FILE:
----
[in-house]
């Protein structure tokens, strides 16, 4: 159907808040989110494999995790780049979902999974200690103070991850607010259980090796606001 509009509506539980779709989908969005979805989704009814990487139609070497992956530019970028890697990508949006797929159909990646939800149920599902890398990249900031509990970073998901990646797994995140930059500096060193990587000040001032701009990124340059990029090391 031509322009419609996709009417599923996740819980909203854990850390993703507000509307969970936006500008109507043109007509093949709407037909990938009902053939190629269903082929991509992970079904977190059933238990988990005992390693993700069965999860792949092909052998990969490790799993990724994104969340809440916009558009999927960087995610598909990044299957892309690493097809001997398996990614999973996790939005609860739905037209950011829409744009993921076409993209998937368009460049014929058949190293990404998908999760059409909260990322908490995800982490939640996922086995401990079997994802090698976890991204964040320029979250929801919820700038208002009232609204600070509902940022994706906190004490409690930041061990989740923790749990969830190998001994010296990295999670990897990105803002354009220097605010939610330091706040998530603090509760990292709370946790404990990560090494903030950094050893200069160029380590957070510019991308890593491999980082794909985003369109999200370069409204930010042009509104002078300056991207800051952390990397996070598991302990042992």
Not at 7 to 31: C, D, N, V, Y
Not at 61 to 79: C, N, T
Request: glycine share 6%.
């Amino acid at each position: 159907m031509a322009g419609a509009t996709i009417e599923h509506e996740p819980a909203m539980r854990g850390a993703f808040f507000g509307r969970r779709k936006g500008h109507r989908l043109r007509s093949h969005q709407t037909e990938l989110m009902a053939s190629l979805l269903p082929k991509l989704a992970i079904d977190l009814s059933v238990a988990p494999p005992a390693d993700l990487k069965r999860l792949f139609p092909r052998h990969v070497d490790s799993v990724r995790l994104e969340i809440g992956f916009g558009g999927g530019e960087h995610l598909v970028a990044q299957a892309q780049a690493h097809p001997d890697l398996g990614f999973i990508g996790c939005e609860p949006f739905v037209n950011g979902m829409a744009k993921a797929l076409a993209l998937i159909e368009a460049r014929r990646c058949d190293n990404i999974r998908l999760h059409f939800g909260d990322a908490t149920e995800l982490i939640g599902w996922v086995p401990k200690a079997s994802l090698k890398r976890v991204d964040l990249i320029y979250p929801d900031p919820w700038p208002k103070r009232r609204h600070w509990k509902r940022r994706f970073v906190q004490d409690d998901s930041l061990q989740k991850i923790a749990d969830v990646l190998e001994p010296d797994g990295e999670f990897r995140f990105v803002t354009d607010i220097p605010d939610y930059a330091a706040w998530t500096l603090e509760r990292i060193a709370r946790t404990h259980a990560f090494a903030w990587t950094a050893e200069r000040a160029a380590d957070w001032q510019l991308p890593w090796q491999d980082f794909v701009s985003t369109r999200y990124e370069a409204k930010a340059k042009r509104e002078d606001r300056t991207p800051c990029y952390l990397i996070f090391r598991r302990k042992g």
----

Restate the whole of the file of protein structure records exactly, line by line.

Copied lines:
[in-house]
């Protein structure tokens, strides 16, 4: 159907808040989110494999995790780049979902999974200690103070991850607010259980090796606001 509009509506539980779709989908969005979805989704009814990487139609070497992956530019970028890697990508949006797929159909990646939800149920599902890398990249900031509990970073998901990646797994995140930059500096060193990587000040001032701009990124340059990029090391 031509322009419609996709009417599923996740819980909203854990850390993703507000509307969970936006500008109507043109007509093949709407037909990938009902053939190629269903082929991509992970079904977190059933238990988990005992390693993700069965999860792949092909052998990969490790799993990724994104969340809440916009558009999927960087995610598909990044299957892309690493097809001997398996990614999973996790939005609860739905037209950011829409744009993921076409993209998937368009460049014929058949190293990404998908999760059409909260990322908490995800982490939640996922086995401990079997994802090698976890991204964040320029979250929801919820700038208002009232609204600070509902940022994706906190004490409690930041061990989740923790749990969830190998001994010296990295999670990897990105803002354009220097605010939610330091706040998530603090509760990292709370946790404990990560090494903030950094050893200069160029380590957070510019991308890593491999980082794909985003369109999200370069409204930010042009509104002078300056991207800051952390990397996070598991302990042992």
Not at 7 to 31: C, D, N, V, Y
Not at 61 to 79: C, N, T
Request: glycine share 6%.
């Amino acid at each position: 159907m031509a322009g419609a509009t996709i009417e599923h509506e996740p819980a909203m539980r854990g850390a993703f808040f507000g509307r969970r779709k936006g500008h109507r989908l043109r007509s093949h969005q709407t037909e990938l989110m009902a053939s190629l979805l269903p082929k991509l989704a992970i079904d977190l009814s059933v238990a988990p494999p005992a390693d993700l990487k069965r999860l792949f139609p092909r052998h990969v070497d490790s799993v990724r995790l994104e969340i809440g992956f916009g558009g999927g530019e960087h995610l598909v970028a990044q299957a892309q780049a690493h097809p001997d890697l398996g990614f999973i990508g996790c939005e609860p949006f739905v037209n950011g979902m829409a744009k993921a797929l076409a993209l998937i159909e368009a460049r014929r990646c058949d190293n990404i999974r998908l999760h059409f939800g909260d990322a908490t149920e995800l982490i939640g599902w996922v086995p401990k200690a079997s994802l090698k890398r976890v991204d964040l990249i320029y979250p929801d900031p919820w700038p208002k103070r009232r609204h600070w509990k509902r940022r994706f970073v906190q004490d409690d998901s930041l061990q989740k991850i923790a749990d969830v990646l190998e001994p010296d797994g990295e999670f990897r995140f990105v803002t354009d607010i220097p605010d939610y930059a330091a706040w998530t500096l603090e509760r990292i060193a709370r946790t404990h259980a990560f090494a903030w990587t950094a050893e200069r000040a160029a380590d957070w001032q510019l991308p890593w090796q491999d980082f794909v701009s985003t369109r999200y990124e370069a409204k930010a340059k042009r509104e002078d606001r300056t991207p800051c990029y952390l990397i996070f090391r598991r302990k042992g």